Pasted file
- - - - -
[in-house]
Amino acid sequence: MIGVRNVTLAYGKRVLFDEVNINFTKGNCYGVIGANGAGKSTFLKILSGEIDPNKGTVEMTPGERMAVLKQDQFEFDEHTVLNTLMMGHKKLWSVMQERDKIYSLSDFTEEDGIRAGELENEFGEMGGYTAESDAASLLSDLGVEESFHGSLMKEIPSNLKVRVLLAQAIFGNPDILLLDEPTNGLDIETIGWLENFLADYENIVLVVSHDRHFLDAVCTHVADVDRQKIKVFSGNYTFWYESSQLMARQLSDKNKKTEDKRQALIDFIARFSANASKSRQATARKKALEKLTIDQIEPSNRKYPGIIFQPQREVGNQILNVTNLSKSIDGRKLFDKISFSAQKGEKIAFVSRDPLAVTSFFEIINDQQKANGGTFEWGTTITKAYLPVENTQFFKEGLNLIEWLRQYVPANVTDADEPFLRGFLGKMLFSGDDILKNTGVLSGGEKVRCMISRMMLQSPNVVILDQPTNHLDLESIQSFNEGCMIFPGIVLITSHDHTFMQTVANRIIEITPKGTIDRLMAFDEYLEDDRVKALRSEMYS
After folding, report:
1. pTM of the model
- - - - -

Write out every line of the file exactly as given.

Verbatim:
[in-house]
Amino acid sequence: MIGVRNVTLAYGKRVLFDEVNINFTKGNCYGVIGANGAGKSTFLKILSGEIDPNKGTVEMTPGERMAVLKQDQFEFDEHTVLNTLMMGHKKLWSVMQERDKIYSLSDFTEEDGIRAGELENEFGEMGGYTAESDAASLLSDLGVEESFHGSLMKEIPSNLKVRVLLAQAIFGNPDILLLDEPTNGLDIETIGWLENFLADYENIVLVVSHDRHFLDAVCTHVADVDRQKIKVFSGNYTFWYESSQLMARQLSDKNKKTEDKRQALIDFIARFSANASKSRQATARKKALEKLTIDQIEPSNRKYPGIIFQPQREVGNQILNVTNLSKSIDGRKLFDKISFSAQKGEKIAFVSRDPLAVTSFFEIINDQQKANGGTFEWGTTITKAYLPVENTQFFKEGLNLIEWLRQYVPANVTDADEPFLRGFLGKMLFSGDDILKNTGVLSGGEKVRCMISRMMLQSPNVVILDQPTNHLDLESIQSFNEGCMIFPGIVLITSHDHTFMQTVANRIIEITPKGTIDRLMAFDEYLEDDRVKALRSEMYS
After folding, report:
1. pTM of the model